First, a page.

I R. Jeffrey Smith, "China Nuclear Deal With Iran Is Feared," The Washin8ton Post, April 17, 1995, p. Al. 2 Financial Times, May 29, 1995, p. 1. however, has consistently failed to meet the basic standards contained in the executive order, including those covering international prison inspections, prison labor, and Tibet. Given China's sensitivities over sovereignty, little progress can be expected in the area of human rights, and some backsliding may occur as the post-Deng succession unfolds. Hong Kong after 1997: China,s pragmatism will prevail. American economic interests in Hong Kong are significant and growing. Hong Kong is the home of the largest American Chamber of Commerce outside of the U.S. and the regional hub for more than 300 Ameri- can firms. Its business community appears guardedly optimistic over Hong Kong's prospects after rever- sion to China on July 1, 1997. There is confidence that Beijing will not act against its economic interests. Commercial issues are thought to be inherently manageable. China, however, views American support for Hong Kong's democratic political development and eco- nomic vitality as yet another example of American meddling in China's domestic affairs. As recently voiced by U.S. Senators Connie Mack (R-FL) and Craig Thomas (R-WY), American con- cerns are focused on a continuation of the rule of law after reversion. In particular, the establishment of a Court of Final Appeal before reversion is viewed as "a crucial step in maintaining confidence in Hong Kong's ability to operate an effective legal system after the transition ...... 8 Agreement has yet to be reached between the United Kingdom and China on the Court of Final Appeal. Decisions on this issue will affect the fate of democracy and the rule of law after 1997. How the issue is resolved will help frame the larger picture of China as an emerging power. If agreement with the PRC is not reached before the end of June, Britain will likely move ahead on its own to establish a Court of Final Appeal. This would create a major controversy with China. South China Sea: Continuing flashpoint. China maintains extensive historical claims to the South China Sea. In 1992, the National People's Congress asserted Chinese sovereignty over the entire South China Sea. In the face of multiple and overlap- ping territorial claims, with Vietnam, Malaysia, Brunei, and the Philippines all advancing claims in the area, China has advocated positions that emphasize cooperation while putting off multilateral discussions of territorial claims. China insists that all claims be addressed on a bilateral basis. At the same time, China has not hesitated to use military force to advance and support its claims. It has used force in the South China Sea many times: in 1974, against Vietnam in the Paracels; in 1988, against Vietnam in a disputed area of the Spratly Islands; and earlier this year, to lay claim to an atoll, Mischief Reef, well within the 200-mile exclusive economic zone of the Philippines. This zone was established by the Law of the Sea Treaty, which China has signed but not ratified.9 With a 2.9 million-strong military and a defense budget projected to rise 14.6 percent to an estimated $7.49 billion in 1995, the sheer size of China's military is daunting. 10 And a growing share of this budget is being channeled into developing attack submarines, rapid-reaction forces, and advanced strike aircraft such as the advanced SU-27 fighter-all designed to project military power beyond China's borders.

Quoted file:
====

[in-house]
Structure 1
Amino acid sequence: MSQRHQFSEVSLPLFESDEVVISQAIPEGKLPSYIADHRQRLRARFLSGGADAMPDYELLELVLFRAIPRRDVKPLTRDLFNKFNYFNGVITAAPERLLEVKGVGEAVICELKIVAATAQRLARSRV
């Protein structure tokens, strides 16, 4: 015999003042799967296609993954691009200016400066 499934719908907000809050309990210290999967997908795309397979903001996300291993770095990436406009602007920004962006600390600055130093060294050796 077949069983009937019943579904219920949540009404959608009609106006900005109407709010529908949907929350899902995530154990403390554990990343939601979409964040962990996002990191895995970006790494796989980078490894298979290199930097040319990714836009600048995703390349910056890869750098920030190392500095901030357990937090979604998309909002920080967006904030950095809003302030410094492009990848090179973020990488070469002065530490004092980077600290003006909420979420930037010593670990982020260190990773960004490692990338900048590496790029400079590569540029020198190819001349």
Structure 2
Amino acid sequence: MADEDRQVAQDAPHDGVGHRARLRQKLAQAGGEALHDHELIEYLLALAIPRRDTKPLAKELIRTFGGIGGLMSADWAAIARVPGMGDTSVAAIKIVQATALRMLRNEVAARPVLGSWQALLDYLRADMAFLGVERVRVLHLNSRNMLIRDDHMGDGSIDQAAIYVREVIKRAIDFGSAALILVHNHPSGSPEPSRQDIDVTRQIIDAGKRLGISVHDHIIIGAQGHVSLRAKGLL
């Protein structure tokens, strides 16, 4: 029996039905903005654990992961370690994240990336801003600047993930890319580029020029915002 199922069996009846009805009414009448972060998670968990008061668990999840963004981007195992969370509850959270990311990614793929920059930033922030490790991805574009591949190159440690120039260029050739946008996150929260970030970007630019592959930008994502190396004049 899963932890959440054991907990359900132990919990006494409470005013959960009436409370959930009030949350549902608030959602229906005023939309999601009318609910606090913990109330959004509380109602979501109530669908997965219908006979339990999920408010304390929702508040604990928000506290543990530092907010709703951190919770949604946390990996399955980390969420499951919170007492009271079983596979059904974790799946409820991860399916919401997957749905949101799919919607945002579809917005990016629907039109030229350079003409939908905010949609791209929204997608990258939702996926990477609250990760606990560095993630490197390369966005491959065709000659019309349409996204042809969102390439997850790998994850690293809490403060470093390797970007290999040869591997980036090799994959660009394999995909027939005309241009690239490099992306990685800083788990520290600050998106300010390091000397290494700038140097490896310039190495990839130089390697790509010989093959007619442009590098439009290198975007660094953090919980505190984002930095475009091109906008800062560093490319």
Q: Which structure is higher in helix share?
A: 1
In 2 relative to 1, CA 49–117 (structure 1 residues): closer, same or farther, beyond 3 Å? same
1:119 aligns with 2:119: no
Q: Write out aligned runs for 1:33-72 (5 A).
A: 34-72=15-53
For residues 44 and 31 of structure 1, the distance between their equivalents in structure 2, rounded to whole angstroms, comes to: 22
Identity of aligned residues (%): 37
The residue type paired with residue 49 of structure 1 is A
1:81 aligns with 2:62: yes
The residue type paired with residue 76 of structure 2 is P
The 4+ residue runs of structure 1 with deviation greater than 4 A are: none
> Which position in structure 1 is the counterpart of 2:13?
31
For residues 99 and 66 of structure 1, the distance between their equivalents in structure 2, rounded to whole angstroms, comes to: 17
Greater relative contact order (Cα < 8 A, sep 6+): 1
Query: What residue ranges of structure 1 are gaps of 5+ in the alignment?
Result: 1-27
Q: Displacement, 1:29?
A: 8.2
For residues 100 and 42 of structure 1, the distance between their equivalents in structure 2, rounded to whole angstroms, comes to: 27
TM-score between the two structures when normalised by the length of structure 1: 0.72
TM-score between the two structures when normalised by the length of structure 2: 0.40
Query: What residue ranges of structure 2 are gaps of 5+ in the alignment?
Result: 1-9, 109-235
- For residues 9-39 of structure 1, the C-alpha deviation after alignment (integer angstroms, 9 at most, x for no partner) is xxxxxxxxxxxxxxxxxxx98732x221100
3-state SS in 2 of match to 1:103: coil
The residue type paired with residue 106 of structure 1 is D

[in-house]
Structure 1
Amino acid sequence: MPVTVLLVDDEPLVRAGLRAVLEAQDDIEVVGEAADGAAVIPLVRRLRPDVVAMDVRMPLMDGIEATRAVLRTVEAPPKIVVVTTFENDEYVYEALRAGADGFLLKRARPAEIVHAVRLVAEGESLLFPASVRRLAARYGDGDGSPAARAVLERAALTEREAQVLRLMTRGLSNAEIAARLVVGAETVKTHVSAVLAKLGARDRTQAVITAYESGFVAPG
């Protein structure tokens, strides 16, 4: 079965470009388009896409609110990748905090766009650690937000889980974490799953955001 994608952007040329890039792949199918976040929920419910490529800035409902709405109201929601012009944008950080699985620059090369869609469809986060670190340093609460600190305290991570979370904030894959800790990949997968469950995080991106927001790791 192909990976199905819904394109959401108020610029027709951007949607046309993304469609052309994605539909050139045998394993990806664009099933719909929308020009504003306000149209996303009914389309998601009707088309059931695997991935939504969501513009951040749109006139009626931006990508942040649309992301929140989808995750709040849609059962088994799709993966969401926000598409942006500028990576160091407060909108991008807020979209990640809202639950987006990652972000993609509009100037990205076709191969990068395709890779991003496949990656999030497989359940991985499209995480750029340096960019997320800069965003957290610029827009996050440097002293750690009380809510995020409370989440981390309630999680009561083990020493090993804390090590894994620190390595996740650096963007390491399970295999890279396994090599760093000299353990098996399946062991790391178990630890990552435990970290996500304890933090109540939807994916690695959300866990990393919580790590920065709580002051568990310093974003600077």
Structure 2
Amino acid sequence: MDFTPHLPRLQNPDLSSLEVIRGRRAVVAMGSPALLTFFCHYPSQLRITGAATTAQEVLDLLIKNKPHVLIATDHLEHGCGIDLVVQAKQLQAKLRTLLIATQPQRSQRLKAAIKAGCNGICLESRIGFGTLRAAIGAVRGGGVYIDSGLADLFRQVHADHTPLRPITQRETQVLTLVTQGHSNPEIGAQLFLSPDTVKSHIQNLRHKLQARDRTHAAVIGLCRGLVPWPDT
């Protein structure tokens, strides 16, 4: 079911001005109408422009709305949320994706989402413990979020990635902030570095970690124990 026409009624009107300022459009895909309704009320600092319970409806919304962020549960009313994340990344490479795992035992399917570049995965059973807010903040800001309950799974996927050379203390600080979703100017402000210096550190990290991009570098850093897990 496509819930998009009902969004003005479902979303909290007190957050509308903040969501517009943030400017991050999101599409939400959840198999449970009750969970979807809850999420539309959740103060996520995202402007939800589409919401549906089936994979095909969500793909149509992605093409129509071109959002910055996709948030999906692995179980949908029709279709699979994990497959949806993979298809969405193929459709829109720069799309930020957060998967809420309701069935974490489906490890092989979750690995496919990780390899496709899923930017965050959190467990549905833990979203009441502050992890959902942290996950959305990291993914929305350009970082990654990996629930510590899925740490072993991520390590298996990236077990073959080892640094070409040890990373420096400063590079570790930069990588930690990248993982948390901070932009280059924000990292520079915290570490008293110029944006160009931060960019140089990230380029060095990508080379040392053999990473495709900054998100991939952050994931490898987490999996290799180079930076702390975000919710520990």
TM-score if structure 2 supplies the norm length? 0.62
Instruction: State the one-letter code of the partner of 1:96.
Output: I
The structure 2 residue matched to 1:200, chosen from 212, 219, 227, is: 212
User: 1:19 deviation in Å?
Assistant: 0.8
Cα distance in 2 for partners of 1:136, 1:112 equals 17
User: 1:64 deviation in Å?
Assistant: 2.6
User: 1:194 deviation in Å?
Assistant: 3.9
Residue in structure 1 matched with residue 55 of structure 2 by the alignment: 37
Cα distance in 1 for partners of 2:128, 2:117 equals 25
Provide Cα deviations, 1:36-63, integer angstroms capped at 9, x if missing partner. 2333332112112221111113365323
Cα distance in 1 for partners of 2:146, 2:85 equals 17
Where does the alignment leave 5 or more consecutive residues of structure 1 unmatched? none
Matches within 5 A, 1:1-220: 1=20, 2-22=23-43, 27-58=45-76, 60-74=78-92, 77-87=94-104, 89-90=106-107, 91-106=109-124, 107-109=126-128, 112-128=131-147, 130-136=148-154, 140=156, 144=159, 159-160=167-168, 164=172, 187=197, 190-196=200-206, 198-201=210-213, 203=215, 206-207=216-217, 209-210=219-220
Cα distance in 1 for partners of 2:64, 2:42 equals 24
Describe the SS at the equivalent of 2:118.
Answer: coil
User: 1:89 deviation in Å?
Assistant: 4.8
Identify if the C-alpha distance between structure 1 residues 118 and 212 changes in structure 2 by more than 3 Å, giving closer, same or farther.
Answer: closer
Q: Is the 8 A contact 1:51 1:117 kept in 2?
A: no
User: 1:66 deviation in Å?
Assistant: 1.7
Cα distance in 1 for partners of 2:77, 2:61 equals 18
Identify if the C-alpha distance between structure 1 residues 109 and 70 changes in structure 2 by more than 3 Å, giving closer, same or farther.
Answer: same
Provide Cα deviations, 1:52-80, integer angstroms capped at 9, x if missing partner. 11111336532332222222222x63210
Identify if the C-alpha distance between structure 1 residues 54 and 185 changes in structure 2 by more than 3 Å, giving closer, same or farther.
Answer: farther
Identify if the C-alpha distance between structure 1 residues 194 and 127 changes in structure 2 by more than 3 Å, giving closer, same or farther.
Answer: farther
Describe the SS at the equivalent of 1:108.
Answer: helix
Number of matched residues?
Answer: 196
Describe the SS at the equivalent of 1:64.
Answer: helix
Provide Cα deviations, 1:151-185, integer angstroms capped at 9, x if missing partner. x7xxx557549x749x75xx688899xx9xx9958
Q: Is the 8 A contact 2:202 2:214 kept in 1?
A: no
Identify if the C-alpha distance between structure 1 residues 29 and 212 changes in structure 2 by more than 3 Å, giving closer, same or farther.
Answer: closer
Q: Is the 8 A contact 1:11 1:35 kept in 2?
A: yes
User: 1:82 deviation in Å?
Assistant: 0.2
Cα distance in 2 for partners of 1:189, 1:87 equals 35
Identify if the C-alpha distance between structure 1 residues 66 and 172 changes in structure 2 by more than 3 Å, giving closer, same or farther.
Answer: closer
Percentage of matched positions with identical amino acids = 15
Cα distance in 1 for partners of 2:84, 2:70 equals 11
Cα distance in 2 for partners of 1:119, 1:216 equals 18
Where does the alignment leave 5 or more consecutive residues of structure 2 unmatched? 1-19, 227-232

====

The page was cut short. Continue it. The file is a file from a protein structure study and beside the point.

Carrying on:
7 Omnibus Trade Act of 1974. 8 "America's Long-Term Interest in Hong Kong," remarks by Consul General Richard W. Mueller, Foreign Correspondents Club, Hong Kong, May 2,1995. 9 Nayan Chanda, RigobertoTiglao, and John McBeth, "Territorial Imperative," Far Eastern Economic Review, February 23, 1995. p. 14. 10Robert Karniol, "China's defense budget continues to rise ....... Jane's Defence Weekly, March 19, 1995, p. 17. This represents the official Chinese defense budget. Western experts peg China's budget at between $10 billion and $50 billion. In response to the incident at Mischief Reef, the State Department on May 10 issued a statement making it clear that "Maintaining freedom of navigation is a fundamental interest of the United States." The state- ment defined "unhindered navigation by all ships and aircraft in the South China Sea" as "essential to the peace and prosperity of the entire Asia-Pacific region, including the United States." The South China Sea will remain a potential flash point in Southeast Asia.
Conclusion China's national strategy remains focused on economic modernization as the key to building national power. Thus, prospects for cooperation and progress will be most promising in commercial relations. However, Chinese sensitivities on issues affecting sovereignty will set effective limits on China's readiness to respond to concerns of the international community. On political issues, human rights in particular, the U.S. should expect a continuing hard line. On strategic issues, the U.S. can expect China to pursue its na- tional interests as defined by Beijing. Given the importance of stability in East Asia to China's modern- ization strategy, prospects for cooperation will be greatest on such regional issues as Cambodia, where China backed the peace process, and North Korea, where China is supporting U.S. efforts to end North Korea's nuclear weapons program. Brett C. Lippencott Policy Analyst